Source: The Express
Commercial property is set to continue its recovery one year after the EU referendum result panicked investors who rushed to dump funds targeting the sector.
FTSE 250-listed St Modwen Properties and Great Portland Estates both deliver updates next week amid continuing uncertainty over the impact of Brexit.
Shares in St Modwen, the UK’s largest brownfield property developer, have bounced 45 per cent since its post-referendum dip and Ben Maitland, securities analyst at Beaufort Securities, expects to see healthy growth in net-asset value per share in next Tuesday’s half-year results.
“St Modwen has just sold its stake in the New Covent Garden Market development at Nine Elms Square in Battersea, south-west London, for £190million, which puts it on a sound financial footing,” said Maitland, adding that the land sale significantly reduces the company’s debt and balance sheet risk.
“The outlook for commercial property for industrial, logistics, private rental and student accommodation is good.”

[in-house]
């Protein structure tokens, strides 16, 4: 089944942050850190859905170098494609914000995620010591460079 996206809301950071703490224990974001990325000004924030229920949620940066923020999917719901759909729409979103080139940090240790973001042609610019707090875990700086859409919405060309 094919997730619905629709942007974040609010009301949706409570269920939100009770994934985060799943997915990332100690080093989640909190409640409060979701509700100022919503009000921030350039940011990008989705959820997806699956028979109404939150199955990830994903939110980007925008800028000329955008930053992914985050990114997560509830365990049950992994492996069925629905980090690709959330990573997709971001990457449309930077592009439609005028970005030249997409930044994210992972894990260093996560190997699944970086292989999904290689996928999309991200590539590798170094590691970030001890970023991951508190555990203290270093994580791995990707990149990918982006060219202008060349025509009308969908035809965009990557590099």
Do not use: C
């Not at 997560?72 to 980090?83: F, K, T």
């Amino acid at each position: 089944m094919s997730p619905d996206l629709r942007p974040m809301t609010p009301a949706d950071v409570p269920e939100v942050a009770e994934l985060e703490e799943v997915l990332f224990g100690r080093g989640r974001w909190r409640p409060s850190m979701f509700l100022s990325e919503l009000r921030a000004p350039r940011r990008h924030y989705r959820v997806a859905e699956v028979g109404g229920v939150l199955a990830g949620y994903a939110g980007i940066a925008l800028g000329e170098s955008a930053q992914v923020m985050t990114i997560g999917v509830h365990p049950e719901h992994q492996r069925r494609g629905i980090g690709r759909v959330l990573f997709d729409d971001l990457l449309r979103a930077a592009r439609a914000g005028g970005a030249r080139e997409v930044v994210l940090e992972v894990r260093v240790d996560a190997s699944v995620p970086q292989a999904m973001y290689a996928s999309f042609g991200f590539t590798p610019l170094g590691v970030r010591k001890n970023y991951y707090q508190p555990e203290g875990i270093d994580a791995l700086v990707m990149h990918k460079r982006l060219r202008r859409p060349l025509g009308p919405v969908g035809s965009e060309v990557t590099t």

Graham Spooner, investment research analyst at The Share Centre, said St Modwen is a buy as its debt has been reduced and the shares trade at a large discount to net-asset value.
Great Portland Estates will publish a trading update after May’s full-year results showed a pre-tax loss of £140.2million, with analysts forecasting profits of £58.2million in 2018 amid market resilience.
Hargreaves Lansdown senior analyst Laith Khalaf said it is now a year since open-ended commercial property funds were forced to suspend withdrawals after investors withdrew billions in a post-Brexit panic: “The sector has regained its poise as economic data has proved more robust than expected.
“Commercial property remains sensitive to a UK slowdown. London property is particularly vulnerable as the capital relies so heavily on financial services, which are considered a flight risk if Brexit talks go badly.”